First-year Elon Law students interview leading lawyers for "Lessons of Experience" project
Through an intensive "Lawyering, Leadership and Professionalism" course in January, first-year Elon Law students gathered insights from lawyers across North Carolina about their concepts of leadership in the law and their strategies for success in the profession.
Through the course, law students formed into twelve law firms, conducting interviews and roundtable discussions with lawyer-leaders from Greensboro and Raleigh-Durham communities primarily.
Student firms then presented lessons learned from the interviews through group presentations. Those presentations also explored the value of leadership education in law schools and the importance of lawyers who contribute to community and public interests. In addition to the presentations, each of the student firms also submitted a formal report detailing their perspective on Lawyer Leadership.
Law student Ashley Clark said she was inspired by the experience.
"The lawyer we spoke with was not only running her own small firm, she was also juggling family responsibilities and a range of philanthropic endeavors,” Clark said. “Her commitment to her staff and to doing an excellent job for her clients was remarkable. Her professional success, while maintaining an active personal life and keeping a healthy work-life balance was what was most impressive to me."
A panel of judges reviewed each group presentation and identified two student firms as winners of the “Lessons of Experience” project.
Group winners are identified below:
Student Firm: Clark, Furr and Garner, comprised of law students Danielle Appelman, Melissa Apperson, Chris Avery, Amy Brodland, Ashley Clark, Collin Cooper, Jim Grant, Mathew Kraus, Jill Kirshner, and Savannah Mangum.
Student Firm: The Prestige, comprised of law students Tara Austin, Hamza Benzine, Alvaro de la Calle, Krystle Deus, Tiffany Gray, Michael Heck, Jonathan Horner, Johanna Knight, Josh Lopez, Julie Stainback, Kathy Stewart, and Mark York.
The Prestige firm focused its presentation on the power of positive influence and action in service to others. During their presentation, the firm challenged fellow students and Elon Law faculty to contribute to Nothing But Nets, a global, grassroots campaign to raise awareness and funding to combat malaria, one of the largest killers of children in Africa. In a span of twenty-five minutes, the firm was able to raise $532.00 for the campaign.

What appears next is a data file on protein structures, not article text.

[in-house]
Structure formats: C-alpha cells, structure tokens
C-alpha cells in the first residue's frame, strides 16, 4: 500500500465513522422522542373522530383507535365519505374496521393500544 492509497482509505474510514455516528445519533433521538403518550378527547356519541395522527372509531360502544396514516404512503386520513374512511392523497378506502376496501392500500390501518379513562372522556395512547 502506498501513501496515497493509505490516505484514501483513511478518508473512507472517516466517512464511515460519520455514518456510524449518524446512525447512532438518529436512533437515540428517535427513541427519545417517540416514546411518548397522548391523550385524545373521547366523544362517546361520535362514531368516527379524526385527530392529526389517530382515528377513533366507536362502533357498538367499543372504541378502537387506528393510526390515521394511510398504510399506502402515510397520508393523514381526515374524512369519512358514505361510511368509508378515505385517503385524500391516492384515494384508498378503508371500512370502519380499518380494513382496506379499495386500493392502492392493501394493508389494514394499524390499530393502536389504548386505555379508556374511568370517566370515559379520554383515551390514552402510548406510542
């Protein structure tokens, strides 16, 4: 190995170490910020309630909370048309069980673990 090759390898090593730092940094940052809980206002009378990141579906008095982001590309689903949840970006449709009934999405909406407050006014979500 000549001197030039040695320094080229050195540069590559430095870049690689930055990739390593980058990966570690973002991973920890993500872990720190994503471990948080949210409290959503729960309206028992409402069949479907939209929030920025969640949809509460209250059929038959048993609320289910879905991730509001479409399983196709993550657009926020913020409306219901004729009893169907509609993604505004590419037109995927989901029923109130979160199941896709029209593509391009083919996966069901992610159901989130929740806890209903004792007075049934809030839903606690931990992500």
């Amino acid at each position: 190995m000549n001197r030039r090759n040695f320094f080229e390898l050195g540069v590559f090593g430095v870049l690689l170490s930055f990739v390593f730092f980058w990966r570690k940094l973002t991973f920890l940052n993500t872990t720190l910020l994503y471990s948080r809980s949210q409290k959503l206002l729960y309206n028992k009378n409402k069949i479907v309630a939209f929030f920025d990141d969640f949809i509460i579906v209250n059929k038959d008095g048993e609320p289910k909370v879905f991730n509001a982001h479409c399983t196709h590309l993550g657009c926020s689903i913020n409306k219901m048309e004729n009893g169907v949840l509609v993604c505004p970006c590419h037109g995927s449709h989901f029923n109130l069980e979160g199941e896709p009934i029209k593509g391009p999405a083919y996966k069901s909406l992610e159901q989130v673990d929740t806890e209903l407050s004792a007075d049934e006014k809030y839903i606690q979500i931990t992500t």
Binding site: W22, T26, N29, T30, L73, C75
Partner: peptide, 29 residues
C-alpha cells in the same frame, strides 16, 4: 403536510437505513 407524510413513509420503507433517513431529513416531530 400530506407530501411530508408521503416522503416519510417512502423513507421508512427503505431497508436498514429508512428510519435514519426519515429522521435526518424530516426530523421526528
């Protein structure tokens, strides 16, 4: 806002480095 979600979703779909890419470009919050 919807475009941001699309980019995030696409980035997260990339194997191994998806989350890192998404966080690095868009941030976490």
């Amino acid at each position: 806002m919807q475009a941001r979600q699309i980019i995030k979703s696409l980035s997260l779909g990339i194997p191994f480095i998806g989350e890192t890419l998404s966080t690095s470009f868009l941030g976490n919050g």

“We wanted to show our fellow students how easy it is to get involved and give back to others in need,” said Jonathan Horner. “Nothing But Nets is a great campaign. A simple donation of ten dollars buys one net to prevent malaria in Africa. In less than twenty-five minutes, the student body was able to buy 53 nets, saving 53 people from Malaria.”
In addition to gaining valuable insights from interviews with lawyers in North Carolina, students in the course traveled to the Center for Creative Leadership (CCL) to participate in a program titled “Leadership Essentials for Lawyers.”
With 14 different programs worldwide, including a training center in Greensboro, CCL focuses exclusively on leadership education and research, with expertise in solving the leadership challenges of individuals and organizations globally.
During the two-day program with Elon Law, students focused on values, ethics and professionalism.
Law student Marina Emory said the experience was invaluable.
“I enjoyed the small class setting and was able to use CCL's resources to learn more about myself, my leadership style and the values that are most important to me," Emory said. "The exercises definitely made me refocus on the key elements of my life that are most important, and helped me see how to incorporate these values into being an ethical leader.”
Roland Smith, Professor of Leadership at Elon Law, taught the course. He is also a senior faculty member at the Center for Creative Leadership, leading CCL's legal sector practice group.
Smith said that in addition to providing students with the opportunity to explore key concepts and to practice essential lawyering skills, the 'Lawyering, Leadership and Professionalism' course provided students with exposure to critical interpersonal competencies and leadership skills that are essential for success.
"Self-awareness and skills analysis are key for understanding strengths and vulnerabilities," Smith said. "Having first-year law students evaluate themselves against established predictors of lawyering success enables them to consider and refine personal and professional goals early on in law school."
Smith also said he thought the course would help law students contribute to the profession and to their communities in significant ways immediately upon graduation and throughout their careers.
"The course enters law students into conversation with a broad cross-section of practicing lawyers, allowing students to consider a range of strategies and techniques for success in the profession and in their civic lives, " Smith said.